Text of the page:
Structure And Function Of The Nervous System

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Chapters 2 and 3
Structure and Function of the Nervous System
Chemical Signaling by Neurotransmitters and Hormones

Neuron Structure
Three main features of every neuron
Treelike projections from the soma that receive information from other cells
Constantly modified and change shape rapidly in response to changes in synaptic transmission
Cell boy
Contains the nucleus and other organelles that maintain metabolic function
Single tubular extension that conducts the electrical signal from the cell body to the terminal buttons on the axon terminals
Other structures
Semipermeable Membrane
Encloses each neuron cell
Fills the cells
Salty, gelatinous fluid
Extracellular Fluid
Salty fluid
Neurons take oxygen, nutrients, and drugs from this fluid and secrete waste products into it
These waste products ultimately reach the blood and are filtered out by the kidneys
Generate energy from glucose in the form of ATP
Found particularly where energy needs are great
Neurons use large quantities of ATP
Components of Dendrites
The gap between two cells where transmission takes place
The act of a neuron receiving and integrating a vast amount of information from many cells
Information being transmitted to a few neurons, or thousands
Dendritic Spines
Increase the receiving surface area
Constantly modified and change shape rapidly in response to changes in synaptic transmission
Long-lasting changes in synaptic activity change the number and shape of dendritic spines
Thin  Mushroom-shaped
Relationships Between Spines and Learning
Mental Retardation
Individuals with mental retardation have dendritic spines that are unusually small and immature-looking
Results from either:
Failure of maturation of small spines into larger spines
Inability to maintain spine structure
It is impossible to retain knowledge acquired during development without the large spines
Thus, small spines result in intellectual deficiencies
Have normally sized dendritic spines, but reduced spine density in the prefrontal cortex
They have normal intelligence, but there is still poor connectivity between neurons
Poor working memory, lack of attention, poor episodic memory, low motivation
Axons and Terminal Buttons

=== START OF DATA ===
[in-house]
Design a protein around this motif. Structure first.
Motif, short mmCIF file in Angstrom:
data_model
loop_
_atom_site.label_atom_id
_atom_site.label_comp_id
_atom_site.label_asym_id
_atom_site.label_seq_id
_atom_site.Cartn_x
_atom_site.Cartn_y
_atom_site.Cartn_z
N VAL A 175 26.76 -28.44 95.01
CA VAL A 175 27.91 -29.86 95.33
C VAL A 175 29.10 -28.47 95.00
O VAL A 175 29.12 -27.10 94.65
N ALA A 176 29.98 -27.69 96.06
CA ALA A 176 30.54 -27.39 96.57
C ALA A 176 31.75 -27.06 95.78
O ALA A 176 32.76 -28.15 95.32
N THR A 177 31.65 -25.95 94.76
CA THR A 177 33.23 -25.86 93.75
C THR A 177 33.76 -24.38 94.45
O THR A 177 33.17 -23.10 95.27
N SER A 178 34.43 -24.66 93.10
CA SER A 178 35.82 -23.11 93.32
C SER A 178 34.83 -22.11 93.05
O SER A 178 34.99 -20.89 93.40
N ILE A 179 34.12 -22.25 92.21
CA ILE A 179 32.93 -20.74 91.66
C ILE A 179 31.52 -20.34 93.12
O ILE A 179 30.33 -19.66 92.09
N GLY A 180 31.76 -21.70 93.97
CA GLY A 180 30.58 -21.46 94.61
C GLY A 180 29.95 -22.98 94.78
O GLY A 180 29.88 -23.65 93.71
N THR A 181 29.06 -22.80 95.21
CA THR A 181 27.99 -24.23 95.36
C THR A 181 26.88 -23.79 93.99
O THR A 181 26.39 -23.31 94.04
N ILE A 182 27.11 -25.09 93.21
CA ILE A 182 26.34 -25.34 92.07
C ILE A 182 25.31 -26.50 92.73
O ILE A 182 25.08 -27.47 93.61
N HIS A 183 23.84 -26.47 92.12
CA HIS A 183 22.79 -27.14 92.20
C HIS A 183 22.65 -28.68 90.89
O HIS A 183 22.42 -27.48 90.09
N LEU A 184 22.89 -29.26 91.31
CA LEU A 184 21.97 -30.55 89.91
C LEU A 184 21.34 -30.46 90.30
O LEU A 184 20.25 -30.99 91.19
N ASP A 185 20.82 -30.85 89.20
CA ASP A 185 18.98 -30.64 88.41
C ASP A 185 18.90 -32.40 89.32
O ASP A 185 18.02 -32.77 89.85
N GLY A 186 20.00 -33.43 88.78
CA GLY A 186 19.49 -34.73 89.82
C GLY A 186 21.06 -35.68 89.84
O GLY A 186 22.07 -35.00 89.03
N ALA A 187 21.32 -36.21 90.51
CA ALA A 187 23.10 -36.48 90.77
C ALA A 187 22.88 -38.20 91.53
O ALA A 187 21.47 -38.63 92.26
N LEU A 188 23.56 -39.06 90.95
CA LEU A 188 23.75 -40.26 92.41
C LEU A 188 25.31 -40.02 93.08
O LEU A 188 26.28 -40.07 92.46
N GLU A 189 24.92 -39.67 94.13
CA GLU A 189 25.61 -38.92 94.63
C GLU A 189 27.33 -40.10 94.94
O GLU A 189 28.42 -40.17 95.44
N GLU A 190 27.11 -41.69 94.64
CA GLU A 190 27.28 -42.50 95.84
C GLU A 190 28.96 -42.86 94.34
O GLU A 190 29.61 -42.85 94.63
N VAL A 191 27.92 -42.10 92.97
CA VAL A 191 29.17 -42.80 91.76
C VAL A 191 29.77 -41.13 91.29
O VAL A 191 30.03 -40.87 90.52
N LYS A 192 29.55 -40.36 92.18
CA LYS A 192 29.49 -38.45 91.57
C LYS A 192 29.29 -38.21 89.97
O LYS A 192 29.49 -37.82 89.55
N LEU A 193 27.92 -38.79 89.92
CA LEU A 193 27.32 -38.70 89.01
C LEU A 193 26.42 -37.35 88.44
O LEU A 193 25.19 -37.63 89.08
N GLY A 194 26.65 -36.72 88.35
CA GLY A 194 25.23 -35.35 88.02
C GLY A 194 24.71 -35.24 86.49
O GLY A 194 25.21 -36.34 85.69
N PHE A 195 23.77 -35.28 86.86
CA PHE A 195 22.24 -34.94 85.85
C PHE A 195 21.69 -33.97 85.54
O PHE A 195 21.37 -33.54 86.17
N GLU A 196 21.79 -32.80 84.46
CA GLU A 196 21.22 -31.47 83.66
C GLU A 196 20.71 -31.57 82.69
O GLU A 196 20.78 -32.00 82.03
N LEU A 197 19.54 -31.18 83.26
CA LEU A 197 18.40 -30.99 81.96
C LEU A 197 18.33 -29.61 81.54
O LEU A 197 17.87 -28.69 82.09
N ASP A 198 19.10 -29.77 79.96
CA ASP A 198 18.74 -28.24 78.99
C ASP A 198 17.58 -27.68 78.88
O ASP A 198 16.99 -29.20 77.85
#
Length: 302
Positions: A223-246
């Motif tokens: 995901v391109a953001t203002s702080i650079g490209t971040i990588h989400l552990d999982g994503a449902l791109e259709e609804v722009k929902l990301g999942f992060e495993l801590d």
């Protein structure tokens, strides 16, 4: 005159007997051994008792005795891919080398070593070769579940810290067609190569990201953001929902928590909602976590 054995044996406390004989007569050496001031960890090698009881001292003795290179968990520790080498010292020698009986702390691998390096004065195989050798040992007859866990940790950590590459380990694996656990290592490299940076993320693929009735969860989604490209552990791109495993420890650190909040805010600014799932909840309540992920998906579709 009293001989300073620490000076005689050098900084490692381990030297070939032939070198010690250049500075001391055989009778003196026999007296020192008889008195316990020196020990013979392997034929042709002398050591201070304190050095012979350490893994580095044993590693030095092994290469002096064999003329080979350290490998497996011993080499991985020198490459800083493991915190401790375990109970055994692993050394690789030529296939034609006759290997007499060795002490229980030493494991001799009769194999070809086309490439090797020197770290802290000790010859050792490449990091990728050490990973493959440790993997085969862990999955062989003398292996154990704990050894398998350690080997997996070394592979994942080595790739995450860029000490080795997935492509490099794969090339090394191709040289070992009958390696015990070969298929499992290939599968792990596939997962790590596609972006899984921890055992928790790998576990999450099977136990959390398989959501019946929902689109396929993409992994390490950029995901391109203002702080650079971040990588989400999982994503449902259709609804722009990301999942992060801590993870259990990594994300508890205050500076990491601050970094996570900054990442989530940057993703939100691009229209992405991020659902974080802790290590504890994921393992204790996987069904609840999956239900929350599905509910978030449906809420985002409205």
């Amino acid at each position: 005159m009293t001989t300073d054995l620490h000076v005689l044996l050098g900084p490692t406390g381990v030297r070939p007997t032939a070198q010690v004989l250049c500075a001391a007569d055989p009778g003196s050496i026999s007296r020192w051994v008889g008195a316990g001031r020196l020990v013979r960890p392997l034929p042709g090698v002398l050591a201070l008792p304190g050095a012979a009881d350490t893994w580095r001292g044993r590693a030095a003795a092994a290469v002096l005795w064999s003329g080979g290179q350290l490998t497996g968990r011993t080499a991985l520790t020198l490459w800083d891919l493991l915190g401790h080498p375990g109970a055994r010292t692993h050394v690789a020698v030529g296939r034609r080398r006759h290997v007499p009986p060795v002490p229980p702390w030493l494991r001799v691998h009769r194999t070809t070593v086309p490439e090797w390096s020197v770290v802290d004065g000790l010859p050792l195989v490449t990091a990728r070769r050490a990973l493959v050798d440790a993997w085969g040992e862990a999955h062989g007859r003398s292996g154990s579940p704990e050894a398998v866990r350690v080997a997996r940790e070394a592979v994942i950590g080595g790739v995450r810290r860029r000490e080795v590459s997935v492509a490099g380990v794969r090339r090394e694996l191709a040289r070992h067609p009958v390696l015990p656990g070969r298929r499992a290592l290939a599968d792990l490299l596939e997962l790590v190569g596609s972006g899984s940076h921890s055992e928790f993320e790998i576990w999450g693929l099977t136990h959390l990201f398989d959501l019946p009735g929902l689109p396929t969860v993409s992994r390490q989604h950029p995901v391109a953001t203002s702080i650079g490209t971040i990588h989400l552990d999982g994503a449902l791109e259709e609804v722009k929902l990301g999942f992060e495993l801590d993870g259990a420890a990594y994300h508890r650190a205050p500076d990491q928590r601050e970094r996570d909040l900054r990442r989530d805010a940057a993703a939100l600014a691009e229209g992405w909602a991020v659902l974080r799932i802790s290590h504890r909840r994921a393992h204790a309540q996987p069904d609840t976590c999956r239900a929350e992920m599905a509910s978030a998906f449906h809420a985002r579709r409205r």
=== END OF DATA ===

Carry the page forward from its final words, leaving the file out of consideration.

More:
Axons are tubular structures filled with axoplasm
Vary in both length and diameter
Transmit the electrical signal (action potential) that is generated at the axon hillock down the length of the axon to its terminals
Axon Collaterals
The branches of an axon
There is only one axon per neuron, but they branch
Terminal Buttons
Enlargements at the end of axons
Contain synaptic vesicles or neurotransmitters that allow for chemical transmission in the synaptic cleft to adjacent neurons
A fatty insulating coating
Not a continuous sheath
Thicker myelin indicates faster conduction
Created by concentric layers of glial cells
Two types of glial cells
Schwann Cells
Myelinate peripheral nerves
Serve muscles, organs, glands
Myelinate nerves within the brain and spinal cord
Nodes of Ranvier
Breaks in the myelin sheath where action potentials are regenerated during conduction along the axon
Cell body is responsible for the metabolic care of the neuron
Synthesizes proteins that are needed throughout the cell for growth and maintenance
Axoplasmic Transport
How proteins are moved to their destinations in neurons
Depends on the structure of the cytoskeleton
Microtubules provide a stationary track along which small packets of newly synthesized proteins are carried by motor proteins
Direction toward the axon terminal
Direction toward the soma
Protein Synthesis
Chromosomes reside in the nucleus
Long strands of DNA that contain small portions, genes, that code for the manufacture of a specific protein
“Coding Region”
Region that provides the “recipe” for a specific protein, such as a receptor or an enzyme